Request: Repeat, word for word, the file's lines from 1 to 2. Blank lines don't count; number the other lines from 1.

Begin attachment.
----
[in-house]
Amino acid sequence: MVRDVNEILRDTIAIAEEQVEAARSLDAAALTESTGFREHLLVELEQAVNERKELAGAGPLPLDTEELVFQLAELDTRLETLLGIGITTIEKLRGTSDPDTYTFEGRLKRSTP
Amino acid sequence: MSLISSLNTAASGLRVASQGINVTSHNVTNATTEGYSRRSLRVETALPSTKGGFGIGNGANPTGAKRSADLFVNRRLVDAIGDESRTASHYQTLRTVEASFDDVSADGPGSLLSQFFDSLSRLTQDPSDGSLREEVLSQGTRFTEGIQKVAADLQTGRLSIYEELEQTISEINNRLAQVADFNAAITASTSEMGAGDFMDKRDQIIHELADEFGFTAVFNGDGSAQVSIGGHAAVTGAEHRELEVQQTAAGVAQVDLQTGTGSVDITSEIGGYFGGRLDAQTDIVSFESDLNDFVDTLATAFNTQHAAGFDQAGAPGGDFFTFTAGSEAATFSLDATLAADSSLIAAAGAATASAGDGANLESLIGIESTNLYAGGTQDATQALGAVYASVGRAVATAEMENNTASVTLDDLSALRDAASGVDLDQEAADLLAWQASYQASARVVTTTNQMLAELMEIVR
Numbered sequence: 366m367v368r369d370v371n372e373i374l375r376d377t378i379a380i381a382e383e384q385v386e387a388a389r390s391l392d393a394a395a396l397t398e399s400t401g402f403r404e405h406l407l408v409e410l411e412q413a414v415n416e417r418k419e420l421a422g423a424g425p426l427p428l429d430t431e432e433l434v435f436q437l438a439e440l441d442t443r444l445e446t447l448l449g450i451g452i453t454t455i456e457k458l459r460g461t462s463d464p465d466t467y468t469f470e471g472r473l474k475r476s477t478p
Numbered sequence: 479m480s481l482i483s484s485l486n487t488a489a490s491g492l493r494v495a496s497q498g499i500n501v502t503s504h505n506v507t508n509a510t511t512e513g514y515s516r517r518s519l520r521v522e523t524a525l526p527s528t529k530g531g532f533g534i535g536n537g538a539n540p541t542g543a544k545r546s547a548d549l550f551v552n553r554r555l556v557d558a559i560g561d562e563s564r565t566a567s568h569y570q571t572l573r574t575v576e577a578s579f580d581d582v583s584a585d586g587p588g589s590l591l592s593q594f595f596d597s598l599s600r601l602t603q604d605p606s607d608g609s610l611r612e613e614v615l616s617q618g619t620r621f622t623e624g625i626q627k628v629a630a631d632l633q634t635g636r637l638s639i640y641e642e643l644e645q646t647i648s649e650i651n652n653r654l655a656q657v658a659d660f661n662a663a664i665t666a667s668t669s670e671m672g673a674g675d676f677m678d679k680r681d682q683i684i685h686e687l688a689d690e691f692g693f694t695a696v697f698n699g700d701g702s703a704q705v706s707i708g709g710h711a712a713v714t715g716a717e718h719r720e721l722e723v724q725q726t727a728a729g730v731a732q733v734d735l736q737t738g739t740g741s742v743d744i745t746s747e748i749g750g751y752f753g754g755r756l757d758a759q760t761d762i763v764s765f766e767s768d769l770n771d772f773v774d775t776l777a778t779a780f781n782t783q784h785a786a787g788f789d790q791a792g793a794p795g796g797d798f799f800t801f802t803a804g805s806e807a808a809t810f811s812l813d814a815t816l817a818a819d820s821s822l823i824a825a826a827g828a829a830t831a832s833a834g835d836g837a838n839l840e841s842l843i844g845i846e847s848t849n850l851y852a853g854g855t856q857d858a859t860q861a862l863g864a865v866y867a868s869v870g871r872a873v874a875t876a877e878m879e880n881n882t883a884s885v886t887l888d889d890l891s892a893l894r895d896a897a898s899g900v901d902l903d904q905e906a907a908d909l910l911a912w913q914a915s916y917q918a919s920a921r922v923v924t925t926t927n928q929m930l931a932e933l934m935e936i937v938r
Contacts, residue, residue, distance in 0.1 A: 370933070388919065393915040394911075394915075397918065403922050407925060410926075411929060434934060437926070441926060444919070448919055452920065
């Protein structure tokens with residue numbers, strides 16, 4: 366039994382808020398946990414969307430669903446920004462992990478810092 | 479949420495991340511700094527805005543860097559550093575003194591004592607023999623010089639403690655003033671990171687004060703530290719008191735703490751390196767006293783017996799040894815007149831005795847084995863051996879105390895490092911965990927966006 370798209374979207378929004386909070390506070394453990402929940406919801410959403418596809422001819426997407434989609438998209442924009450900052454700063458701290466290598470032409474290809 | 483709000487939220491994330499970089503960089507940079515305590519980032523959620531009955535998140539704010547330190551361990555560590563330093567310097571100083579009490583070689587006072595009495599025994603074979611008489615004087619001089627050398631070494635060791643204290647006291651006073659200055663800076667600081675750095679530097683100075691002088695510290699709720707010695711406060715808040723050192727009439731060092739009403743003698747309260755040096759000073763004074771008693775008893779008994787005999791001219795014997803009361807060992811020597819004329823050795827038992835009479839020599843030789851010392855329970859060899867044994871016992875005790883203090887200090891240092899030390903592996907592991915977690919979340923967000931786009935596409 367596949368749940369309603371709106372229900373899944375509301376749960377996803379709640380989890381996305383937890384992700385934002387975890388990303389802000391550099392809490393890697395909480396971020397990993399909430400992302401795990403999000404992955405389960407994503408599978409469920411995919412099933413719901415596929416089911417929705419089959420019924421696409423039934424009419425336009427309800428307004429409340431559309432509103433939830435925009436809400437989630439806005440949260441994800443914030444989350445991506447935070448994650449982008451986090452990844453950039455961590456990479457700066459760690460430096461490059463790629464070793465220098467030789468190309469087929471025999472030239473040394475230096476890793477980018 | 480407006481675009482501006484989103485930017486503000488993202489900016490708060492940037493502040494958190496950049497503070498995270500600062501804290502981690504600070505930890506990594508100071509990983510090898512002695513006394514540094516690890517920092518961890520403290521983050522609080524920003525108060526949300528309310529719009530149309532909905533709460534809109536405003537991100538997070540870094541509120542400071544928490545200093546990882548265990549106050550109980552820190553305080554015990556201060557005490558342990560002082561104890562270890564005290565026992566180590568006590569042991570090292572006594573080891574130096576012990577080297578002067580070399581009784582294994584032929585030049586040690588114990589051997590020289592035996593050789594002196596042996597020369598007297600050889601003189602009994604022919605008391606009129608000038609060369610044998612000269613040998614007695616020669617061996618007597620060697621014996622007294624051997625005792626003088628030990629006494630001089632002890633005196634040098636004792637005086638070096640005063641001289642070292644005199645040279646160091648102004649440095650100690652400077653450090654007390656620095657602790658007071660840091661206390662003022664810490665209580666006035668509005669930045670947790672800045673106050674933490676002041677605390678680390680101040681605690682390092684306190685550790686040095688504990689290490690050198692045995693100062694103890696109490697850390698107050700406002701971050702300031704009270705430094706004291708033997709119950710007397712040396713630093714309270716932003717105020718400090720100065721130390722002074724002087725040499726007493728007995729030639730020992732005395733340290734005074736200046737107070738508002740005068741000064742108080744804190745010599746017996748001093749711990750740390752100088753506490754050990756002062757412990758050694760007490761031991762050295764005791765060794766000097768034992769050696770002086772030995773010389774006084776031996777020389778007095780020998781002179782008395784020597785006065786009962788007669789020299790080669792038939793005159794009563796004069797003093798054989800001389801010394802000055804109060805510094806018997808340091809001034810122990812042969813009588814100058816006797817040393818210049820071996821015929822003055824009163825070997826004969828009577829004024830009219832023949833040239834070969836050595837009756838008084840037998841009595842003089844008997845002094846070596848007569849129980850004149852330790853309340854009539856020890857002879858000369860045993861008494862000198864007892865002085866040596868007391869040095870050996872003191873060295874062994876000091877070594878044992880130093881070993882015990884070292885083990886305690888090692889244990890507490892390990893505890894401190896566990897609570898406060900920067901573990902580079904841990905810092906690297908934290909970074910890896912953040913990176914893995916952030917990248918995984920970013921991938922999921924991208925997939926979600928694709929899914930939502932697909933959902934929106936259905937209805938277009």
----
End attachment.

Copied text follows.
[in-house]
Amino acid sequence: MVRDVNEILRDTIAIAEEQVEAARSLDAAALTESTGFREHLLVELEQAVNERKELAGAGPLPLDTEELVFQLAELDTRLETLLGIGITTIEKLRGTSDPDTYTFEGRLKRSTP